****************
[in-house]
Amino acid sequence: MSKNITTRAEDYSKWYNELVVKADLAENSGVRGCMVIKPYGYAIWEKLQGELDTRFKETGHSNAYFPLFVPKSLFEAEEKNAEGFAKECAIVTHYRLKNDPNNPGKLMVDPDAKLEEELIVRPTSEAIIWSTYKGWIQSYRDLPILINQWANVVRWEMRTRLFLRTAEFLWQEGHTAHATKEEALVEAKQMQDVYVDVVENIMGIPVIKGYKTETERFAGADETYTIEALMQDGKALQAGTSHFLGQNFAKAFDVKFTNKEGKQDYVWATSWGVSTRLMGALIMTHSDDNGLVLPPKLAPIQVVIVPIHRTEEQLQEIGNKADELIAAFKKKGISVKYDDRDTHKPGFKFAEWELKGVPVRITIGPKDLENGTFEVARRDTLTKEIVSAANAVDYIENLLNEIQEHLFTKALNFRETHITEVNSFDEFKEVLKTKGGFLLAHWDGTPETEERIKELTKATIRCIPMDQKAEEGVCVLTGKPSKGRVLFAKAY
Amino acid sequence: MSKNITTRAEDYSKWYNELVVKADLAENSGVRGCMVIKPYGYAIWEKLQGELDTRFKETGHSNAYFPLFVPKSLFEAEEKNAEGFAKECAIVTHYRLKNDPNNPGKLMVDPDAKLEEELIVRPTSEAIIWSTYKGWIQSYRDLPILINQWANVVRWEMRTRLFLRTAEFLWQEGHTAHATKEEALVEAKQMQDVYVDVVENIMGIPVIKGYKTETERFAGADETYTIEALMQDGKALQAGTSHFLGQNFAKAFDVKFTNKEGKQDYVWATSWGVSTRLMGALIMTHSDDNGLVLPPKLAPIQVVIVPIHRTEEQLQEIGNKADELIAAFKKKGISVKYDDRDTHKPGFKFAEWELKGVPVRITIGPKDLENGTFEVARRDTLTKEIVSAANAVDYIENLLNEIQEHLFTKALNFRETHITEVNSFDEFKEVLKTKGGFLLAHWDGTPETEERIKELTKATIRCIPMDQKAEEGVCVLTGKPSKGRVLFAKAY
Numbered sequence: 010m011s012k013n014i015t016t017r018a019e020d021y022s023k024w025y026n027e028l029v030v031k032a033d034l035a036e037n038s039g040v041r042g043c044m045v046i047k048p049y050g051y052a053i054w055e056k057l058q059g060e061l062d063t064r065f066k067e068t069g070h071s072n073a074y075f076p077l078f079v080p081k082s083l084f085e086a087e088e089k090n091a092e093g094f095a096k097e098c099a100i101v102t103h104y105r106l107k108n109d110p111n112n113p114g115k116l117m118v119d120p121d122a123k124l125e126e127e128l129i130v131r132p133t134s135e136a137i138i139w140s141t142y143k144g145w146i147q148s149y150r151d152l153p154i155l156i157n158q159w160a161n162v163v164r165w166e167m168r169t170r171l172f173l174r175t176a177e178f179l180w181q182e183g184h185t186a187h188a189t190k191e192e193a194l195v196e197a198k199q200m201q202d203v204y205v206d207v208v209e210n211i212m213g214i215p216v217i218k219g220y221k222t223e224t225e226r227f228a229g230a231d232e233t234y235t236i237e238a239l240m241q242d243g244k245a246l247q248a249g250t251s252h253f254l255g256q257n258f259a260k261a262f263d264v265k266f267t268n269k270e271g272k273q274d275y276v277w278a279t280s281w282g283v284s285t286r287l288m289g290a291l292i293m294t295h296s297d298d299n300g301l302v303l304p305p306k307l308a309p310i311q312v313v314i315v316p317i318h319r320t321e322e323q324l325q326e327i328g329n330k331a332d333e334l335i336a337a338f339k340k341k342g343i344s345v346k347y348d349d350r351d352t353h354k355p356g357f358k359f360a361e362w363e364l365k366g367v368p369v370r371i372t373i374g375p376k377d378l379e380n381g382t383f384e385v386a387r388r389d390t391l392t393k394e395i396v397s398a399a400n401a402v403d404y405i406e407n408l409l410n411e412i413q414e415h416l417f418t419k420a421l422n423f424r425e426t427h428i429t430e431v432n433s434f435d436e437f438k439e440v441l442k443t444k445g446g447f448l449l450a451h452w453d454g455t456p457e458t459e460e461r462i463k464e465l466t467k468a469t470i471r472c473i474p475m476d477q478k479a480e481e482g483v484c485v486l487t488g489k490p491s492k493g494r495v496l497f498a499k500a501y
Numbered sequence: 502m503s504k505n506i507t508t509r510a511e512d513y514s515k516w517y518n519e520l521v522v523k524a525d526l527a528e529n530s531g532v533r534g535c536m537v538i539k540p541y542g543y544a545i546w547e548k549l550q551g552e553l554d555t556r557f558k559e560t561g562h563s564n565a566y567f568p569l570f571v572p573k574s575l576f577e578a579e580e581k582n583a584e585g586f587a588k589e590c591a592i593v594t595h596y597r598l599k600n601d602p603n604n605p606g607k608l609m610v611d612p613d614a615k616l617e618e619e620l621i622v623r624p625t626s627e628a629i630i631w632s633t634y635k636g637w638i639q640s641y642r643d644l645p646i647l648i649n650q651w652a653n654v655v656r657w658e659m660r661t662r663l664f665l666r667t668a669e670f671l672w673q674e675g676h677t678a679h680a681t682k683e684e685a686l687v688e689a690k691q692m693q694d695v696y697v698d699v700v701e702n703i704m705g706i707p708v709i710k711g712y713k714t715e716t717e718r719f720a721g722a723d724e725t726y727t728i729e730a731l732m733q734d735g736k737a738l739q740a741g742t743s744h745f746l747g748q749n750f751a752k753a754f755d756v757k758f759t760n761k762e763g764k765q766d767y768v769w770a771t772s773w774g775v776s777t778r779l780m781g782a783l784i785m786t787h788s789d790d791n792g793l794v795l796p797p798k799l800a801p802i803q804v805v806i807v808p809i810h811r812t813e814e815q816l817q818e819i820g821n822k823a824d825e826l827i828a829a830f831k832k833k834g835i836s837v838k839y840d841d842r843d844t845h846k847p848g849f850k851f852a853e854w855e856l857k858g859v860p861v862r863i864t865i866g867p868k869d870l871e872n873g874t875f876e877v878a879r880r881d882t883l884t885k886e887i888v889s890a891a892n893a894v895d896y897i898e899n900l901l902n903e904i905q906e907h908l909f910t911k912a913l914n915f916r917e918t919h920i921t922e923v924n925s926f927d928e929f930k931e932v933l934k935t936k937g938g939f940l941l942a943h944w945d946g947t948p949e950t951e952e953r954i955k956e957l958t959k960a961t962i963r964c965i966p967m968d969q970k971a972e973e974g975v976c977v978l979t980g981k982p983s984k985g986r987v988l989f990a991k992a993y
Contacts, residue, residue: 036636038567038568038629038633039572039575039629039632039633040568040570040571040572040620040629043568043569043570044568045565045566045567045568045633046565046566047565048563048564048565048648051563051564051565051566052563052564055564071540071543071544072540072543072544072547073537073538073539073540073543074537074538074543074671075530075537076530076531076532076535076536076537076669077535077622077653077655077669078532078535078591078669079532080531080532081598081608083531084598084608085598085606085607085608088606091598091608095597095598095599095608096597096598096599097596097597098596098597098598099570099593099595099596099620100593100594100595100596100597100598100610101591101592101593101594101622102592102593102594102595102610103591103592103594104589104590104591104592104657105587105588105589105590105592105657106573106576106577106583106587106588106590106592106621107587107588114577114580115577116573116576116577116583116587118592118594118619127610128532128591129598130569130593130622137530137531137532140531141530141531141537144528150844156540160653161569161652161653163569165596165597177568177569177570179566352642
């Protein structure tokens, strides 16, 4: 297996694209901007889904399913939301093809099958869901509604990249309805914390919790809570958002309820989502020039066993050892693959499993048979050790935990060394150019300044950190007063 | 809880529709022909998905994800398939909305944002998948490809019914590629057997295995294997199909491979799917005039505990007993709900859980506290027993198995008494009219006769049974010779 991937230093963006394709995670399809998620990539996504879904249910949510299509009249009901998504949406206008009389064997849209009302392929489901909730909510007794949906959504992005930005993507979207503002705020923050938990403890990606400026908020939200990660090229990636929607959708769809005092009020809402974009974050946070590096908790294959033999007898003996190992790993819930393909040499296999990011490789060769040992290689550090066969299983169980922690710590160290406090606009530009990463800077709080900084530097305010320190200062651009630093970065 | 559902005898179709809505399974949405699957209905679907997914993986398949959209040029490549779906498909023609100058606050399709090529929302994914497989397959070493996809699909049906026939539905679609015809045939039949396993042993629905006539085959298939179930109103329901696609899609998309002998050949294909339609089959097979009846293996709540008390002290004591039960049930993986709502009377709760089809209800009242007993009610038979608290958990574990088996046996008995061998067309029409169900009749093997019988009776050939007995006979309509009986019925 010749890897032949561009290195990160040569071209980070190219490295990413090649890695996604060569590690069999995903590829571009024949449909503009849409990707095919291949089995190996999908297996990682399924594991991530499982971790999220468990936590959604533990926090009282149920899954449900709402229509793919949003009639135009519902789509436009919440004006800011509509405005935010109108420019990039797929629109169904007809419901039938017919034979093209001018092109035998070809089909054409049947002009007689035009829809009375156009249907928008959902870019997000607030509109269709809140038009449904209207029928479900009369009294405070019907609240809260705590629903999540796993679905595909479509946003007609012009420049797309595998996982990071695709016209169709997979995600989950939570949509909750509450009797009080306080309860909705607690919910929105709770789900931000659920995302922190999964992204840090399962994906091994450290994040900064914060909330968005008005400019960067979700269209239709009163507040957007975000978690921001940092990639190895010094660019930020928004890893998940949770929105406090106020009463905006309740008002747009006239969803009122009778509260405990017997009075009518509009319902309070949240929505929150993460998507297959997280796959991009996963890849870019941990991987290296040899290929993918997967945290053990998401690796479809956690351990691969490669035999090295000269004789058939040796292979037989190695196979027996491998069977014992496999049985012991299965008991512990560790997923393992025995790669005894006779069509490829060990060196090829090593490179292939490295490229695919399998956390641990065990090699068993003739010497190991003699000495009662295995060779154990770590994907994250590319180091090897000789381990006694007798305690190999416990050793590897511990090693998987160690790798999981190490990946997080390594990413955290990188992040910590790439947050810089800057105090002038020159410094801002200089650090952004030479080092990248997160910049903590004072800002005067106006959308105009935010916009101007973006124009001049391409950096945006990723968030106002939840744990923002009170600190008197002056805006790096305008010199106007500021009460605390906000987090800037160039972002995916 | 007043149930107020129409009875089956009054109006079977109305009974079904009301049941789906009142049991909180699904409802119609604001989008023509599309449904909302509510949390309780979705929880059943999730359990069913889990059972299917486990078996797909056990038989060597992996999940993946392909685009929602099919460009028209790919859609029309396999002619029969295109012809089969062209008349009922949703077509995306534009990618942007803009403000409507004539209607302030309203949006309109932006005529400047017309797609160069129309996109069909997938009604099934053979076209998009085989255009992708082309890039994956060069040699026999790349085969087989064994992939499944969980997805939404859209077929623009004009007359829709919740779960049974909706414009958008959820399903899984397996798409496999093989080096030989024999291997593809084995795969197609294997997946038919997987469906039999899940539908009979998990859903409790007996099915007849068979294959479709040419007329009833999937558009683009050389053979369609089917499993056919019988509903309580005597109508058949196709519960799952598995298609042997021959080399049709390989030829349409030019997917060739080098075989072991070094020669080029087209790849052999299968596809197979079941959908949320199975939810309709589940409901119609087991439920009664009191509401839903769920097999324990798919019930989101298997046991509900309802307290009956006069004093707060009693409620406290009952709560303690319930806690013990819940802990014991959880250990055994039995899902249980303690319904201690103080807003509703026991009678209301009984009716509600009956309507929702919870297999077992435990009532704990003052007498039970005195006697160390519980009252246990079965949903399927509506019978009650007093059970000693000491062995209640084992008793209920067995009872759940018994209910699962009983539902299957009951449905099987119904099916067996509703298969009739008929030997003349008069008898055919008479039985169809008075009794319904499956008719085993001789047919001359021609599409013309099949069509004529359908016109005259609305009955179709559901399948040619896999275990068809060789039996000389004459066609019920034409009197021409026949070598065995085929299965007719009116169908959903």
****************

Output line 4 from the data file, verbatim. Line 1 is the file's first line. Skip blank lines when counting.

Numbered sequence: 010m011s012k013n014i015t016t017r018a019e020d021y022s023k024w025y026n027e028l029v030v031k032a033d034l035a036e037n038s039g040v041r042g043c044m045v046i047k048p049y050g051y052a053i054w055e056k057l058q059g060e061l062d063t064r065f066k067e068t069g070h071s072n073a074y075f076p077l078f079v080p081k082s083l084f085e086a087e088e089k090n091a092e093g094f095a096k097e098c099a100i101v102t103h104y105r106l107k108n109d110p111n112n113p114g115k116l117m118v119d120p121d122a123k124l125e126e127e128l129i130v131r132p133t134s135e136a137i138i139w140s141t142y143k144g145w146i147q148s149y150r151d152l153p154i155l156i157n158q159w160a161n162v163v164r165w166e167m168r169t170r171l172f173l174r175t176a177e178f179l180w181q182e183g184h185t186a187h188a189t190k191e192e193a194l195v196e197a198k199q200m201q202d203v204y205v206d207v208v209e210n211i212m213g214i215p216v217i218k219g220y221k222t223e224t225e226r227f228a229g230a231d232e233t234y235t236i237e238a239l240m241q242d243g244k245a246l247q248a249g250t251s252h253f254l255g256q257n258f259a260k261a262f263d264v265k266f267t268n269k270e271g272k273q274d275y276v277w278a279t280s281w282g283v284s285t286r287l288m289g290a291l292i293m294t295h296s297d298d299n300g301l302v303l304p305p306k307l308a309p310i311q312v313v314i315v316p317i318h319r320t321e322e323q324l325q326e327i328g329n330k331a332d333e334l335i336a337a338f339k340k341k342g343i344s345v346k347y348d349d350r351d352t353h354k355p356g357f358k359f360a361e362w363e364l365k366g367v368p369v370r371i372t373i374g375p376k377d378l379e380n381g382t383f384e385v386a387r388r389d390t391l392t393k394e395i396v397s398a399a400n401a402v403d404y405i406e407n408l409l410n411e412i413q414e415h416l417f418t419k420a421l422n423f424r425e426t427h428i429t430e431v432n433s434f435d436e437f438k439e440v441l442k443t444k445g446g447f448l449l450a451h452w453d454g455t456p457e458t459e460e461r462i463k464e465l466t467k468a469t470i471r472c473i474p475m476d477q478k479a480e481e482g483v484c485v486l487t488g489k490p491s492k493g494r495v496l497f498a499k500a501y